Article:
by Margaret Croyden

Photo of Margaret Croyden
Margaret Croyden is a theater reviewer and essayist for the New York Theatre Wire.

Manhattan Theater Club
Top Girls by Caryl Churchill
The Biltmore Theatre West 47 St.
Directed by James MacDonald
Reviewed May 15, 2008

Caryl Churchill, the British playwright has always had a successful run with her body of work. Her plays have been presented in New York several times and received with great enthusiasm and respectable notices. This revival of "Top Girls" which opened twenty years ago at the Public Theater under the directorship of the great Joe Papp, also received unanimous praise. Last year one of Ms. Churchill's plays "Drunk Enough to Say I love You" had a similar approval. In fact Ms. Churchill's entire body of work since the nineteen seventies has won large audiences and much acclaim. Each time one of her plays is announced in New York, she is sure to create a fuss; she caters to a very special audience.

"Top Girls" is one of those successes, even though it is yet another revival (there are 14 on Broadway this season) and while Ms. Churchill received the same accolades as always, I found the play disappointing, even dated. Written when Margaret Thatcher held power in Britain, when the situation the 80's was somewhat different from now, Churchill's complaints about women and how they are treated in the work place were relevant then but seem dated now. A lot has happened since Margaret Thatcher's time.

The story is written on two levels. The first act is an imaginative fantasy while the second act is kitchen sink realism. The main top girl Marlene has just been made manager of a major employment agency. She invites a group of "top girls" (women of past centuries) to dinner to celebrate her good fortune. They include a strange lot--those who have been so called rebels and those who were defeated in their ambitions.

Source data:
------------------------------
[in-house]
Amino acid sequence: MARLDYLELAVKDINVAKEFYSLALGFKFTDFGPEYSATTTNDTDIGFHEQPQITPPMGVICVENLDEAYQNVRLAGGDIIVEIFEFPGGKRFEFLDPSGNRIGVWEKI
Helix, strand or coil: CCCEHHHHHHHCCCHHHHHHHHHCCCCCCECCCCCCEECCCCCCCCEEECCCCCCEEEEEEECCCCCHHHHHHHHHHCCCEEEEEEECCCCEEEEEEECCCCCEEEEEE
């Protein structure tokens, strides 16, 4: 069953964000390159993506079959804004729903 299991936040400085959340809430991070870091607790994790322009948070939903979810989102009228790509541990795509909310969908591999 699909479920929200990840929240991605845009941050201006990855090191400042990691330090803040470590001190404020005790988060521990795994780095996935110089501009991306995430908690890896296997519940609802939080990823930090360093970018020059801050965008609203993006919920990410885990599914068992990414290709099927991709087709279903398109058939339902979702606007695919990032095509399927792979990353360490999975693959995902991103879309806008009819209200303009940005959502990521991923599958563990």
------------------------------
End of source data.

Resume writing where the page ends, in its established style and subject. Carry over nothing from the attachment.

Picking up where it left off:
So here is her group: Pope Joan, a woman who disguised herself as a man, became pregnant and was burned at the stake; a Japanese courtesan turned Buddhist monk; Patience Griselda the dutiful wife from Chaucer's "Canterbury Tales;" Isabella Bird, the 19th century explorer; and a peasant woman from Bruegel's painting "Dulle Greit." Using these relatively unknown women as metaphors one hardly knows what Ms. Churchill was driving at with this group, or what they are supposed to convey.

True the first act conceit is perplexing and for some imaginative, but actually it was hard to understand the relevance of this group to what happened in the second act--despite the actor's doubling in their roles. (women of the past played those of the present as well.)

The women of the second act are banal. Each comes to the "Top Girls" agency seeking employment from the head (the one who gave the party for the ancients). Some women are young, and seemingly vain, some are old, and obviously poor and in desperate need of a job, one is full of false pride, one complains that she was pushed out by the men who replaced her. With these all too familiar types and familiar complaints the second act quickly turns into a woman rights play-- a dated doctrinaire, a polemic of the women's struggle of the 1980's--not an original topic these days.

No surprise when near the end of the play we discover that the top girl comes from a horribly poor family, is estranged from her sister, has left her child, and was altogether ruthless in pursing her goals. (Haven't we heard this story before) In the end, she is melodramatically "punished" turning the play into a true soap opera.

Though many critics were impressed by the first act, it seemed to me that it had little relationship to the second act; in fact it was another play altogether. Had the playwright chosen recognizable women of the past and clearly delineated their problems and how they clearly related to the present, perhaps it all would have made sense. Instead there was a severe disconnect, making the play fuzzy, with a soapy finale. The company were a splendid group of actors: particularly Elizabeth Marvel in the lead and the talented Marisa Tomei in a double part.

Margaret Croyden's most recent book is "Conversations with Peter Brook, 1970-2000" (Farrar, Straus & Giroux)



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